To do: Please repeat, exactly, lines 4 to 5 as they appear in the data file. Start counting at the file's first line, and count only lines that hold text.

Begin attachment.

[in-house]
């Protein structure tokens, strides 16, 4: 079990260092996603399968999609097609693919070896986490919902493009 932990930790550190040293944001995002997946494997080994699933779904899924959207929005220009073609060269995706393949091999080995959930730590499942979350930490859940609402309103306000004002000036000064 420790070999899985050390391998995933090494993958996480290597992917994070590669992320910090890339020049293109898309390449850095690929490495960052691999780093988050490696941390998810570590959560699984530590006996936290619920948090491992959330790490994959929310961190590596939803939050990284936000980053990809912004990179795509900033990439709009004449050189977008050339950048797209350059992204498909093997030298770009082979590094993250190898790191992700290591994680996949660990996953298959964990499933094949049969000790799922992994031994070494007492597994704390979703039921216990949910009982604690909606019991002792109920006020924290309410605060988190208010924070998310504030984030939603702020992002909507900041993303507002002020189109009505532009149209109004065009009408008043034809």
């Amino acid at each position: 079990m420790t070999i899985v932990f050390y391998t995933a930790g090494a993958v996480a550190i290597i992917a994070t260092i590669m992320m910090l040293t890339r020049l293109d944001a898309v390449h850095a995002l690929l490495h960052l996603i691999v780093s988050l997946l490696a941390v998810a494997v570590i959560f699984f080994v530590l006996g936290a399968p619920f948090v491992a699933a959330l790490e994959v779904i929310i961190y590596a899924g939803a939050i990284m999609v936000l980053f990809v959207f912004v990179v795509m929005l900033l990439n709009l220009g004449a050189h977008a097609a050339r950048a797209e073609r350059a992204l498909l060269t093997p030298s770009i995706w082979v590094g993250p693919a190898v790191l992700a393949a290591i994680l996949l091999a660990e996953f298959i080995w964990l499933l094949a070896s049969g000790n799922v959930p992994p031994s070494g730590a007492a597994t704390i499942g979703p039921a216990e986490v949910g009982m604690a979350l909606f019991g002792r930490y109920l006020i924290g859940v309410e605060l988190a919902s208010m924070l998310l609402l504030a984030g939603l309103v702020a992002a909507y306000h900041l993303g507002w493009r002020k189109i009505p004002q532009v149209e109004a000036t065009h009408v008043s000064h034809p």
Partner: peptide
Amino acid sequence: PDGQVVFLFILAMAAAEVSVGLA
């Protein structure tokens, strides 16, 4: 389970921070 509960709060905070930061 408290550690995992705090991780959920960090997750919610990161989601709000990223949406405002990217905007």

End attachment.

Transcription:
Partner: peptide
Amino acid sequence: PDGQVVFLFILAMAAAEVSVGLA